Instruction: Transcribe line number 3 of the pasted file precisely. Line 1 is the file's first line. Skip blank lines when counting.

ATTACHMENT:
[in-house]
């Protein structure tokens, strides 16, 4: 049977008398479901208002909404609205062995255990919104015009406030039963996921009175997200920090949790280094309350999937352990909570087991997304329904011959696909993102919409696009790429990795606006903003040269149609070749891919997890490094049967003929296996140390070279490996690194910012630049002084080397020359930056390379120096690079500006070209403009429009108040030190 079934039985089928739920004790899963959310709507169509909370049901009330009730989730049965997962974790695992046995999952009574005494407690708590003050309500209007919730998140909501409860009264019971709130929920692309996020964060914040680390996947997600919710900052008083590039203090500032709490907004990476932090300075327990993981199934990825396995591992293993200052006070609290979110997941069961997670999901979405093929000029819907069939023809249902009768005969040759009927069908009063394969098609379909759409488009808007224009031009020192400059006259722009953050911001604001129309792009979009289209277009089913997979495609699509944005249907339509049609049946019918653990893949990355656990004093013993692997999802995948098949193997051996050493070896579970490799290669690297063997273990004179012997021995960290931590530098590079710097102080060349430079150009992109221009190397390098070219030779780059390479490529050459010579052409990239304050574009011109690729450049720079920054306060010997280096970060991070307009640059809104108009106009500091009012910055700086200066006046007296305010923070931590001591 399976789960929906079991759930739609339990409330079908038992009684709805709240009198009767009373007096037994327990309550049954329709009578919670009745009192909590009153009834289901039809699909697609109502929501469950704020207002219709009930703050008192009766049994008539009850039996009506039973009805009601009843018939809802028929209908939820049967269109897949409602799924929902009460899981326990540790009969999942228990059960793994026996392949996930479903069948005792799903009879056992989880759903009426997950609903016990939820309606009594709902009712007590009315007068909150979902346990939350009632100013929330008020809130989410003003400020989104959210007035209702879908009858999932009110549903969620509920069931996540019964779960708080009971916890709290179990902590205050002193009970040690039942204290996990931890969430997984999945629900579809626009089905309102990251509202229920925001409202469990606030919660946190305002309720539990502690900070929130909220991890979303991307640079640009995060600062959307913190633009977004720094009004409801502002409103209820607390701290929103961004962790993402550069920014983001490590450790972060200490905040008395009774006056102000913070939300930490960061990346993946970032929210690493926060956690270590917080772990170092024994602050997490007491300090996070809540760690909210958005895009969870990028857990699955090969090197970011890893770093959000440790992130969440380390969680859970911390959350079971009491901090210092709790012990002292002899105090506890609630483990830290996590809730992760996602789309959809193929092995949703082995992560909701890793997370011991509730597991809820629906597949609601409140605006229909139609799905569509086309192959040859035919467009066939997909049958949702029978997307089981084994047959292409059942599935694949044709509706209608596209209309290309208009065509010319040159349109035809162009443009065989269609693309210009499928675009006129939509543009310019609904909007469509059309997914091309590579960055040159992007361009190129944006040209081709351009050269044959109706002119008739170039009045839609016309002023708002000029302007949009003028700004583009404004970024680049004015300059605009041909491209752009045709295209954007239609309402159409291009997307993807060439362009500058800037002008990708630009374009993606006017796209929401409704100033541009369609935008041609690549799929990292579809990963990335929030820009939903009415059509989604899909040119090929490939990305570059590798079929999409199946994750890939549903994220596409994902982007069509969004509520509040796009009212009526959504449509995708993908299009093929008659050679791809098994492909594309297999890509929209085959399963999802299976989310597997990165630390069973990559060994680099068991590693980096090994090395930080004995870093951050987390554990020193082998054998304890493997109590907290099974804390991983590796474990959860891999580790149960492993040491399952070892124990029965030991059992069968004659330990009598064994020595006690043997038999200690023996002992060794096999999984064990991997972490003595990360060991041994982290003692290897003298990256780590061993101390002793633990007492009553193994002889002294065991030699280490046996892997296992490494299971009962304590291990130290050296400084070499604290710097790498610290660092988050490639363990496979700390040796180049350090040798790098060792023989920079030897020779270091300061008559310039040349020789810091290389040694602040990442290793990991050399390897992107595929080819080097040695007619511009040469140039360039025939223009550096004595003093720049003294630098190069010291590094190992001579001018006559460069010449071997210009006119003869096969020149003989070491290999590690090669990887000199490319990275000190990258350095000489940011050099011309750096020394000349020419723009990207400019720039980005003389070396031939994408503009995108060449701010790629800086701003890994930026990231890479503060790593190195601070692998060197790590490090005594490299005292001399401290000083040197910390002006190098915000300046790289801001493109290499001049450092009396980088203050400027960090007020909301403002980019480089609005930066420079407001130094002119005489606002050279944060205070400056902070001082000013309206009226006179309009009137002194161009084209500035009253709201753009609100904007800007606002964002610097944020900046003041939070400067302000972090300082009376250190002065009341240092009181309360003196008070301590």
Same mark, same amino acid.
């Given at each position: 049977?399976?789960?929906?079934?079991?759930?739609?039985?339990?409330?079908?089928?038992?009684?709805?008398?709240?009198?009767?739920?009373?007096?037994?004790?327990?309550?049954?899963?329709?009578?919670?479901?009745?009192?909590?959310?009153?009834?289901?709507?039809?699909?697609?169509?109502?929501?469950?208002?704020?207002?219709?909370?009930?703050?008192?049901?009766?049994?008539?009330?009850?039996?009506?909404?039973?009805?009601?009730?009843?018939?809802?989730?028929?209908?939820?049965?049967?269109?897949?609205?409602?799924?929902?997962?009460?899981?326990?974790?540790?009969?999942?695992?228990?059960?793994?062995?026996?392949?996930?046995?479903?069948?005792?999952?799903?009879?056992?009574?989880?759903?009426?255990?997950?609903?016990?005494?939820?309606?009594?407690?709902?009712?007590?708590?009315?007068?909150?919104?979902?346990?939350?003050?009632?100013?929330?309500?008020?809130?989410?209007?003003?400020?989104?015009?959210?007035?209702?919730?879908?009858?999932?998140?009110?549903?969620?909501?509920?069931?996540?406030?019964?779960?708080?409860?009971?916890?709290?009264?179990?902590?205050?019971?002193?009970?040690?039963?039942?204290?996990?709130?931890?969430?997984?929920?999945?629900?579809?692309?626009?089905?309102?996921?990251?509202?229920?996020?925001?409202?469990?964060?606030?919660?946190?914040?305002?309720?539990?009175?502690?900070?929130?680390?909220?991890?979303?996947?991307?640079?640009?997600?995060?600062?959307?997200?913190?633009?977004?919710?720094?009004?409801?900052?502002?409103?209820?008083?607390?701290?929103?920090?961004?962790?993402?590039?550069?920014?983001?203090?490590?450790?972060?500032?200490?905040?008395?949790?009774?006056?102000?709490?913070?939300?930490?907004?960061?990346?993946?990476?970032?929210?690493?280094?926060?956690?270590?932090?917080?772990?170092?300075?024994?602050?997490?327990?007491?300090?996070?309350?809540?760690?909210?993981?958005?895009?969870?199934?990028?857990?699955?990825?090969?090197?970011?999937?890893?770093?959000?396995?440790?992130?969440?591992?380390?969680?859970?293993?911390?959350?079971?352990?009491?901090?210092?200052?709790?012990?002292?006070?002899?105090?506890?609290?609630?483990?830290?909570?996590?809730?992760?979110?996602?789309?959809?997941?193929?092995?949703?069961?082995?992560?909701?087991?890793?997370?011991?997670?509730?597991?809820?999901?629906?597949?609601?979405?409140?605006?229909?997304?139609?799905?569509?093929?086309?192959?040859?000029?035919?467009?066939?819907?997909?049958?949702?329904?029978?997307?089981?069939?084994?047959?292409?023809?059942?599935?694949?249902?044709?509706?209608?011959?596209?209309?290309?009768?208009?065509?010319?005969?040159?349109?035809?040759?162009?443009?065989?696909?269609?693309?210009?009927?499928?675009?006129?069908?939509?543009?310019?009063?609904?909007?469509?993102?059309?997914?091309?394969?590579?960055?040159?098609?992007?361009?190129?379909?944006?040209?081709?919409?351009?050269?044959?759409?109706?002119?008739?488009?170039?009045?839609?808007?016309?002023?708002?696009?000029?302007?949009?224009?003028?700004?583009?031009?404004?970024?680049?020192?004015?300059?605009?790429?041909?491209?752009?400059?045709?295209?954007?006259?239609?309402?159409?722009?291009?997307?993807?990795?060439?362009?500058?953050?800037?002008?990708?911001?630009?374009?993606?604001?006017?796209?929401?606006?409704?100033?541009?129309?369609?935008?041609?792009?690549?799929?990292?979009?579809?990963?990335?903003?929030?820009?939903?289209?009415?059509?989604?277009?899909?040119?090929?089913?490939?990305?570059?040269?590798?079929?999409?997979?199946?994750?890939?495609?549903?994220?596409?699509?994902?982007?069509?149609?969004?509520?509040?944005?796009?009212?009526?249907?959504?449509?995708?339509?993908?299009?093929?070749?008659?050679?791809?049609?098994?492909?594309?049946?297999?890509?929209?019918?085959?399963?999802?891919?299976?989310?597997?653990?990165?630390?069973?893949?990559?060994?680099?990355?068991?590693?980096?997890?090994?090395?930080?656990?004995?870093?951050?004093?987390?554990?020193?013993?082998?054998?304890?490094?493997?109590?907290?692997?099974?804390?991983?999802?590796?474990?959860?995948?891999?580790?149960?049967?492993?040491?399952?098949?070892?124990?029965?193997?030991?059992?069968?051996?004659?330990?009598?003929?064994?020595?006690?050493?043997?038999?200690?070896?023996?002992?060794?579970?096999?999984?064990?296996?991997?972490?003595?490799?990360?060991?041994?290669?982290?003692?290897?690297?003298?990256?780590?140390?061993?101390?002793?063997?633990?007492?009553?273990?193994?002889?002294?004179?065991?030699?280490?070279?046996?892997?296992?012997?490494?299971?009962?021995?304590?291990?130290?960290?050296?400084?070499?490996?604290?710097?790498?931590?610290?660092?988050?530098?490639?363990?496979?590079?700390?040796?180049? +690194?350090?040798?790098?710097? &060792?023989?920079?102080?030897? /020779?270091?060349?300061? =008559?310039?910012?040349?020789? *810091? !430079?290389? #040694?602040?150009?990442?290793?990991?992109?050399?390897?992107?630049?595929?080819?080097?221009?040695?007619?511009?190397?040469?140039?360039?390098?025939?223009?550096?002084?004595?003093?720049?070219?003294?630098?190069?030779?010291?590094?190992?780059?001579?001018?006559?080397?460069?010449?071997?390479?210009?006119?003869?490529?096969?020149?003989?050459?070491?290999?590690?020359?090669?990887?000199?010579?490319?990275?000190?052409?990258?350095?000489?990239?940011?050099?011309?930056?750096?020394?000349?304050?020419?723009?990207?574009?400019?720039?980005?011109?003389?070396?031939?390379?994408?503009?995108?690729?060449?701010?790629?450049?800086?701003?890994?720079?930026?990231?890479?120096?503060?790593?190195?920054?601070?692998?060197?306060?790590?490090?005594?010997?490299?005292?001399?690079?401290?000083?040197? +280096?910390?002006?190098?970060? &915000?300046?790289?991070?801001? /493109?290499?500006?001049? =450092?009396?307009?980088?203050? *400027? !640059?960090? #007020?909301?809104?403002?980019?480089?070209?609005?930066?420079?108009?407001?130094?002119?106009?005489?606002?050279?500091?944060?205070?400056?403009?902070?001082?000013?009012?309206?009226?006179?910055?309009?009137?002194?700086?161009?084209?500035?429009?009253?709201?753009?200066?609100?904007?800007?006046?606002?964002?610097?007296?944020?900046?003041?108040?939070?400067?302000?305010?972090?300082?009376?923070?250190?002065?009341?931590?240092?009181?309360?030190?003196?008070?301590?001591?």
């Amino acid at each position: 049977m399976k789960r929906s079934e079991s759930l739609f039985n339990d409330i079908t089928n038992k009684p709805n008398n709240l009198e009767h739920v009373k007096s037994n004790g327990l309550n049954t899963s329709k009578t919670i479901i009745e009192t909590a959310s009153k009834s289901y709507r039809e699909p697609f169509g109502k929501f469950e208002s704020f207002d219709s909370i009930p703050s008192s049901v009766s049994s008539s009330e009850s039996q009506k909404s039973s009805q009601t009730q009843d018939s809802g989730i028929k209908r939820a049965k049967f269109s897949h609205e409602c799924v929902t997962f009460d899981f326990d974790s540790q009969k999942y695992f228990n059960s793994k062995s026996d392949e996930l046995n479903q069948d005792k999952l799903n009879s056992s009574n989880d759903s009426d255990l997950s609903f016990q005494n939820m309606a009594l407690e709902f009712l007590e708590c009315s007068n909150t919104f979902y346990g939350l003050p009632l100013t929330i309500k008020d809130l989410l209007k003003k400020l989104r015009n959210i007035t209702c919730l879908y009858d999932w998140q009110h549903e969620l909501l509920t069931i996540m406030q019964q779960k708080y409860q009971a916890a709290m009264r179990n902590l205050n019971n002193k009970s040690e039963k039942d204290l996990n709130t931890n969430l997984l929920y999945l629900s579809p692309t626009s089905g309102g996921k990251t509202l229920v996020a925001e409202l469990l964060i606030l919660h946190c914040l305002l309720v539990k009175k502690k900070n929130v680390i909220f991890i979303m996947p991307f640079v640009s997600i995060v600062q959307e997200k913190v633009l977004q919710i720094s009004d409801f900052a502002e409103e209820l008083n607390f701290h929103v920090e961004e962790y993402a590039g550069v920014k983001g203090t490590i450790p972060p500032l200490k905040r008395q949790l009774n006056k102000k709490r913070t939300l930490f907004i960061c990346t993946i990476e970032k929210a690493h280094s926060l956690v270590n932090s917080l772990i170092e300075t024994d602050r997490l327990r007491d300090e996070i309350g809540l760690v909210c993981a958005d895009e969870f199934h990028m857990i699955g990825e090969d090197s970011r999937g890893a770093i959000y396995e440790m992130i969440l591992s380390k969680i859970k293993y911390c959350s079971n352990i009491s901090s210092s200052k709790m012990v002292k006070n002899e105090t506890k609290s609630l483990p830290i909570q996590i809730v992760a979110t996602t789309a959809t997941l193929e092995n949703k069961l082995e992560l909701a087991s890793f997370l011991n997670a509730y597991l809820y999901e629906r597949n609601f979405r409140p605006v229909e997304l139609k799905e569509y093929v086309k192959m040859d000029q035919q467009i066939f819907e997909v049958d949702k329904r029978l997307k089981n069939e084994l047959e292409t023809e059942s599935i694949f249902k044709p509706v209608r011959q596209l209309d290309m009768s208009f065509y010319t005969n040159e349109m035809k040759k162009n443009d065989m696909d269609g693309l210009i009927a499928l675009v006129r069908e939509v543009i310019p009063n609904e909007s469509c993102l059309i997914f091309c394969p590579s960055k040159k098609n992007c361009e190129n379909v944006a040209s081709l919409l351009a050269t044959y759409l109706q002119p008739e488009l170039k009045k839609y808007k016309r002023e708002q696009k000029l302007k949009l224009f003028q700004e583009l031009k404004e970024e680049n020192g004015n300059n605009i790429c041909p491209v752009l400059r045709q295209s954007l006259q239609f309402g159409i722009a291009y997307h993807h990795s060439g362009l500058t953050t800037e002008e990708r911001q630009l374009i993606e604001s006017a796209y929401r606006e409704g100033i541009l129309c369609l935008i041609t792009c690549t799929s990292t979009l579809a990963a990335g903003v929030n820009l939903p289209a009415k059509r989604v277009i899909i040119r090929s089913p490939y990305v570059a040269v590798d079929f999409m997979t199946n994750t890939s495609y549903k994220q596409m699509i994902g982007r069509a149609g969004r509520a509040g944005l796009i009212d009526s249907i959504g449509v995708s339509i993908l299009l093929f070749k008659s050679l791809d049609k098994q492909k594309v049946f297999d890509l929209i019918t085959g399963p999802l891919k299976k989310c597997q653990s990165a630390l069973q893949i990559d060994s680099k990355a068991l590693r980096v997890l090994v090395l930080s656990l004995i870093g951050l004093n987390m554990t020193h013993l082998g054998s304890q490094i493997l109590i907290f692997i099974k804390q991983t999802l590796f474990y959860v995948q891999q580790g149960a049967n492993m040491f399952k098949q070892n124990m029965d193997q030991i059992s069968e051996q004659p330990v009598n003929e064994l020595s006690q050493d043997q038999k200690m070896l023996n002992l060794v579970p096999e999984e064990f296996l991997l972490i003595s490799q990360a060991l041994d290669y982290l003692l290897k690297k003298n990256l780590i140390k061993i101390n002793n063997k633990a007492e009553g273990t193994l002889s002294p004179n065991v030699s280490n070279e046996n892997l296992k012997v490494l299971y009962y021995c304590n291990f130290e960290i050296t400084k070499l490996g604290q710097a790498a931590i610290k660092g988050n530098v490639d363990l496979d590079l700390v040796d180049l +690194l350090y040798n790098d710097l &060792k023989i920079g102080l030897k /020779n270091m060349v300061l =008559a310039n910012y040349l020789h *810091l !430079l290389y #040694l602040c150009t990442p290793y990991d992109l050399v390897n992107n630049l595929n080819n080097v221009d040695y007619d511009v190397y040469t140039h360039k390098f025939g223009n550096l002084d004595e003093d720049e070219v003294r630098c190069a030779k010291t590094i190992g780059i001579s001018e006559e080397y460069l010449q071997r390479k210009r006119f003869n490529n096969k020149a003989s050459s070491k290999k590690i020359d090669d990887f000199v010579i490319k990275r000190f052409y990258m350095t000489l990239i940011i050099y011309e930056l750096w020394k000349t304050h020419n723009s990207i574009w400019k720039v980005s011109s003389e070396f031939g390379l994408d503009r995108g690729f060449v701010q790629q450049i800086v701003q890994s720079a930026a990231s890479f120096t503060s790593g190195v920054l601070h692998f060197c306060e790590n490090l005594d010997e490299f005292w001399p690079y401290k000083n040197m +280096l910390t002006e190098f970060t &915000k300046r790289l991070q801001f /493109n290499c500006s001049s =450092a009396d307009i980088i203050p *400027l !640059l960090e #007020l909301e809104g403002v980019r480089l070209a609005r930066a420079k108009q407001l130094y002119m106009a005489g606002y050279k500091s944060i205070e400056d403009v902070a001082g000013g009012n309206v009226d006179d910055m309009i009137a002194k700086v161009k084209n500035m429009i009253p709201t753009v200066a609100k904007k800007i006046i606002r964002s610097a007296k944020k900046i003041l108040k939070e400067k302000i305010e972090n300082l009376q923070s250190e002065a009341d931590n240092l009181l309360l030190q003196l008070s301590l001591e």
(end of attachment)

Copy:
Same mark, same amino acid.